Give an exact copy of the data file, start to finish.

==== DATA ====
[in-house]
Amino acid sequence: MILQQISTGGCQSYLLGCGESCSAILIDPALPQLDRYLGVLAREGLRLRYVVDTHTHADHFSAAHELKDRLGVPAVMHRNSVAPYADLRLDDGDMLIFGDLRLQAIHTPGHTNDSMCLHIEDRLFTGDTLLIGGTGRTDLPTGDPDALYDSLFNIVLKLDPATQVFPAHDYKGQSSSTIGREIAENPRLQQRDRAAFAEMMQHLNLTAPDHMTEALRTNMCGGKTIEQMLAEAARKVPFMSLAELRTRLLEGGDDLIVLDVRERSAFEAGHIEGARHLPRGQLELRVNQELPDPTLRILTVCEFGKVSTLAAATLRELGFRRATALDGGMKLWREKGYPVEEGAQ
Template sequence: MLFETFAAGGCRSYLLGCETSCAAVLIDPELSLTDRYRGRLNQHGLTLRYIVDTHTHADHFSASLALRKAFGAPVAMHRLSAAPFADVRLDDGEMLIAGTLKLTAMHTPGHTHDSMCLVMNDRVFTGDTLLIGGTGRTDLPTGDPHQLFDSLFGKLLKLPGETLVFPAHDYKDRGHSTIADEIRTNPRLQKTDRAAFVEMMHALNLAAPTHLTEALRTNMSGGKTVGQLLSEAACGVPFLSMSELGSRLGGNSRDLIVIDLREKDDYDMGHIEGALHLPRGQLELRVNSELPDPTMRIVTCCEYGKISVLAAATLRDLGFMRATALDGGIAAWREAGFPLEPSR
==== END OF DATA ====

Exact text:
[in-house]
Amino acid sequence: MILQQISTGGCQSYLLGCGESCSAILIDPALPQLDRYLGVLAREGLRLRYVVDTHTHADHFSAAHELKDRLGVPAVMHRNSVAPYADLRLDDGDMLIFGDLRLQAIHTPGHTNDSMCLHIEDRLFTGDTLLIGGTGRTDLPTGDPDALYDSLFNIVLKLDPATQVFPAHDYKGQSSSTIGREIAENPRLQQRDRAAFAEMMQHLNLTAPDHMTEALRTNMCGGKTIEQMLAEAARKVPFMSLAELRTRLLEGGDDLIVLDVRERSAFEAGHIEGARHLPRGQLELRVNQELPDPTLRILTVCEFGKVSTLAAATLRELGFRRATALDGGMKLWREKGYPVEEGAQ
Template sequence: MLFETFAAGGCRSYLLGCETSCAAVLIDPELSLTDRYRGRLNQHGLTLRYIVDTHTHADHFSASLALRKAFGAPVAMHRLSAAPFADVRLDDGEMLIAGTLKLTAMHTPGHTHDSMCLVMNDRVFTGDTLLIGGTGRTDLPTGDPHQLFDSLFGKLLKLPGETLVFPAHDYKDRGHSTIADEIRTNPRLQKTDRAAFVEMMHALNLAAPTHLTEALRTNMSGGKTVGQLLSEAACGVPFLSMSELGSRLGGNSRDLIVIDLREKDDYDMGHIEGALHLPRGQLELRVNSELPDPTMRIVTCCEYGKISVLAAATLRDLGFMRATALDGGIAAWREAGFPLEPSR